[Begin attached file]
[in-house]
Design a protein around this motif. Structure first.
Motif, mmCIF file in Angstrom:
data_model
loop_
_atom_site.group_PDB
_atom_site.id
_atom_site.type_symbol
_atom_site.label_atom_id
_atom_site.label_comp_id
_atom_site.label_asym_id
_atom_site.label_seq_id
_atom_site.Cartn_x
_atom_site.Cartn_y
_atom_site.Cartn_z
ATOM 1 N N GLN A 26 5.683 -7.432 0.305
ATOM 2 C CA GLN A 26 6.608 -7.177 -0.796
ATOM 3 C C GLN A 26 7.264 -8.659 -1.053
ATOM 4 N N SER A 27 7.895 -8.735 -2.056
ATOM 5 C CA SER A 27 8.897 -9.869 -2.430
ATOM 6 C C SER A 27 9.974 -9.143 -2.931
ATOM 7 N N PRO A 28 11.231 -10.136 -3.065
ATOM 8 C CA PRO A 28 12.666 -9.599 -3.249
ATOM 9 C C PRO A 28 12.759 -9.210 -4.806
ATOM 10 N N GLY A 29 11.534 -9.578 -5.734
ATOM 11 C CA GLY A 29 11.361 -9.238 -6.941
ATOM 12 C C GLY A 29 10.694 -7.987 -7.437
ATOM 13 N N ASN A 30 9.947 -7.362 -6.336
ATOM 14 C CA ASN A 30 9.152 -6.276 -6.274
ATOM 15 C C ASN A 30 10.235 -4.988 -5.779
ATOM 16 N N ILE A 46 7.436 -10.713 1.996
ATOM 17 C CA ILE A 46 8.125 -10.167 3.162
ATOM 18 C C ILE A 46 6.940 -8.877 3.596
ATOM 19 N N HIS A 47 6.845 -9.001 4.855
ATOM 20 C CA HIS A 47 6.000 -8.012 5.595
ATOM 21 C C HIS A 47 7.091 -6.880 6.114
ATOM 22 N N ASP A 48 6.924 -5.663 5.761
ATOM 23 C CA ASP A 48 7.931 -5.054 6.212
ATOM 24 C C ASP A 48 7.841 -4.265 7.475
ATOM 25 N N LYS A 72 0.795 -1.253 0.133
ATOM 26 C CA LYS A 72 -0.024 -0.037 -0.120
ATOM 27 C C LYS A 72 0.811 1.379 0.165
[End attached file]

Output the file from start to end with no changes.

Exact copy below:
[in-house]
Design a protein around this motif. Structure first.
Motif, mmCIF file in Angstrom:
data_model
loop_
_atom_site.group_PDB
_atom_site.id
_atom_site.type_symbol
_atom_site.label_atom_id
_atom_site.label_comp_id
_atom_site.label_asym_id
_atom_site.label_seq_id
_atom_site.Cartn_x
_atom_site.Cartn_y
_atom_site.Cartn_z
ATOM 1 N N GLN A 26 5.683 -7.432 0.305
ATOM 2 C CA GLN A 26 6.608 -7.177 -0.796
ATOM 3 C C GLN A 26 7.264 -8.659 -1.053
ATOM 4 N N SER A 27 7.895 -8.735 -2.056
ATOM 5 C CA SER A 27 8.897 -9.869 -2.430
ATOM 6 C C SER A 27 9.974 -9.143 -2.931
ATOM 7 N N PRO A 28 11.231 -10.136 -3.065
ATOM 8 C CA PRO A 28 12.666 -9.599 -3.249
ATOM 9 C C PRO A 28 12.759 -9.210 -4.806
ATOM 10 N N GLY A 29 11.534 -9.578 -5.734
ATOM 11 C CA GLY A 29 11.361 -9.238 -6.941
ATOM 12 C C GLY A 29 10.694 -7.987 -7.437
ATOM 13 N N ASN A 30 9.947 -7.362 -6.336
ATOM 14 C CA ASN A 30 9.152 -6.276 -6.274
ATOM 15 C C ASN A 30 10.235 -4.988 -5.779
ATOM 16 N N ILE A 46 7.436 -10.713 1.996
ATOM 17 C CA ILE A 46 8.125 -10.167 3.162
ATOM 18 C C ILE A 46 6.940 -8.877 3.596
ATOM 19 N N HIS A 47 6.845 -9.001 4.855
ATOM 20 C CA HIS A 47 6.000 -8.012 5.595
ATOM 21 C C HIS A 47 7.091 -6.880 6.114
ATOM 22 N N ASP A 48 6.924 -5.663 5.761
ATOM 23 C CA ASP A 48 7.931 -5.054 6.212
ATOM 24 C C ASP A 48 7.841 -4.265 7.475
ATOM 25 N N LYS A 72 0.795 -1.253 0.133
ATOM 26 C CA LYS A 72 -0.024 -0.037 -0.120
ATOM 27 C C LYS A 72 0.811 1.379 0.165